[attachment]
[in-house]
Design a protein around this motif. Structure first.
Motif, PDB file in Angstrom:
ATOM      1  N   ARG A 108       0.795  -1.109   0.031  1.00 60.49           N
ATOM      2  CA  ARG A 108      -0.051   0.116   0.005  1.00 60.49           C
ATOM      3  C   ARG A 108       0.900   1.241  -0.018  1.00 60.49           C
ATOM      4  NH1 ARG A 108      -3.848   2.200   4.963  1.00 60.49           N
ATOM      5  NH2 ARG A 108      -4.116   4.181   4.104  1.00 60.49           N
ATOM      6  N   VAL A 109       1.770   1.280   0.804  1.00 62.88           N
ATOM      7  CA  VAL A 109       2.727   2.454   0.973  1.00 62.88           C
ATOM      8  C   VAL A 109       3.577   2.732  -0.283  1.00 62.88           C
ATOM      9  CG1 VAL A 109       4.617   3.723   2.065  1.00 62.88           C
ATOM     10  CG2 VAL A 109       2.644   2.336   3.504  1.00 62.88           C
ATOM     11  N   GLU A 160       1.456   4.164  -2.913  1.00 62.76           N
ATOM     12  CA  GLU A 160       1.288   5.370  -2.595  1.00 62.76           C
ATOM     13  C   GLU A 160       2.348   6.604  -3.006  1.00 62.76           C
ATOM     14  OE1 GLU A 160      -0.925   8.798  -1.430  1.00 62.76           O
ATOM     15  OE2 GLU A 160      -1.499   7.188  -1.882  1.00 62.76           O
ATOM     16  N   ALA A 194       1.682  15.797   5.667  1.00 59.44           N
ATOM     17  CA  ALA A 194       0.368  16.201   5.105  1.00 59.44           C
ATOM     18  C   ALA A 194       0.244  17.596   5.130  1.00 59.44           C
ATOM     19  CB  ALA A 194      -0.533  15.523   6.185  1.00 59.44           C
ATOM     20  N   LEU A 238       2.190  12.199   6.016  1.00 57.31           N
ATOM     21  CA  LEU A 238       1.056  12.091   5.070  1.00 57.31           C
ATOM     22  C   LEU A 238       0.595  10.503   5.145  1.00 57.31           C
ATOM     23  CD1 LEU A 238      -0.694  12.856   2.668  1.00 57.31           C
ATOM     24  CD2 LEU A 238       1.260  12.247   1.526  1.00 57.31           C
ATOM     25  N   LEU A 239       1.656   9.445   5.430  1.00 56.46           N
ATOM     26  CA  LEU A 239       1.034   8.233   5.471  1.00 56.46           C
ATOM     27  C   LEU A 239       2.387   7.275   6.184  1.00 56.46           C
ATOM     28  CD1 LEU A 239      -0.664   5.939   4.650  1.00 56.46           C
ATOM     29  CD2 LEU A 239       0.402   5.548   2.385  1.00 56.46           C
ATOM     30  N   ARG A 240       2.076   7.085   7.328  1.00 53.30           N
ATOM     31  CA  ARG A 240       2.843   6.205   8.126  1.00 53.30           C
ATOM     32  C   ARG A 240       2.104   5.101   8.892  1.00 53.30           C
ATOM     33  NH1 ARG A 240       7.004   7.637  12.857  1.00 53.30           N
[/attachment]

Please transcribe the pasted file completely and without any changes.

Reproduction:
[in-house]
Design a protein around this motif. Structure first.
Motif, PDB file in Angstrom:
ATOM      1  N   ARG A 108       0.795  -1.109   0.031  1.00 60.49           N
ATOM      2  CA  ARG A 108      -0.051   0.116   0.005  1.00 60.49           C
ATOM      3  C   ARG A 108       0.900   1.241  -0.018  1.00 60.49           C
ATOM      4  NH1 ARG A 108      -3.848   2.200   4.963  1.00 60.49           N
ATOM      5  NH2 ARG A 108      -4.116   4.181   4.104  1.00 60.49           N
ATOM      6  N   VAL A 109       1.770   1.280   0.804  1.00 62.88           N
ATOM      7  CA  VAL A 109       2.727   2.454   0.973  1.00 62.88           C
ATOM      8  C   VAL A 109       3.577   2.732  -0.283  1.00 62.88           C
ATOM      9  CG1 VAL A 109       4.617   3.723   2.065  1.00 62.88           C
ATOM     10  CG2 VAL A 109       2.644   2.336   3.504  1.00 62.88           C
ATOM     11  N   GLU A 160       1.456   4.164  -2.913  1.00 62.76           N
ATOM     12  CA  GLU A 160       1.288   5.370  -2.595  1.00 62.76           C
ATOM     13  C   GLU A 160       2.348   6.604  -3.006  1.00 62.76           C
ATOM     14  OE1 GLU A 160      -0.925   8.798  -1.430  1.00 62.76           O
ATOM     15  OE2 GLU A 160      -1.499   7.188  -1.882  1.00 62.76           O
ATOM     16  N   ALA A 194       1.682  15.797   5.667  1.00 59.44           N
ATOM     17  CA  ALA A 194       0.368  16.201   5.105  1.00 59.44           C
ATOM     18  C   ALA A 194       0.244  17.596   5.130  1.00 59.44           C
ATOM     19  CB  ALA A 194      -0.533  15.523   6.185  1.00 59.44           C
ATOM     20  N   LEU A 238       2.190  12.199   6.016  1.00 57.31           N
ATOM     21  CA  LEU A 238       1.056  12.091   5.070  1.00 57.31           C
ATOM     22  C   LEU A 238       0.595  10.503   5.145  1.00 57.31           C
ATOM     23  CD1 LEU A 238      -0.694  12.856   2.668  1.00 57.31           C
ATOM     24  CD2 LEU A 238       1.260  12.247   1.526  1.00 57.31           C
ATOM     25  N   LEU A 239       1.656   9.445   5.430  1.00 56.46           N
ATOM     26  CA  LEU A 239       1.034   8.233   5.471  1.00 56.46           C
ATOM     27  C   LEU A 239       2.387   7.275   6.184  1.00 56.46           C
ATOM     28  CD1 LEU A 239      -0.664   5.939   4.650  1.00 56.46           C
ATOM     29  CD2 LEU A 239       0.402   5.548   2.385  1.00 56.46           C
ATOM     30  N   ARG A 240       2.076   7.085   7.328  1.00 53.30           N
ATOM     31  CA  ARG A 240       2.843   6.205   8.126  1.00 53.30           C
ATOM     32  C   ARG A 240       2.104   5.101   8.892  1.00 53.30           C
ATOM     33  NH1 ARG A 240       7.004   7.637  12.857  1.00 53.30           N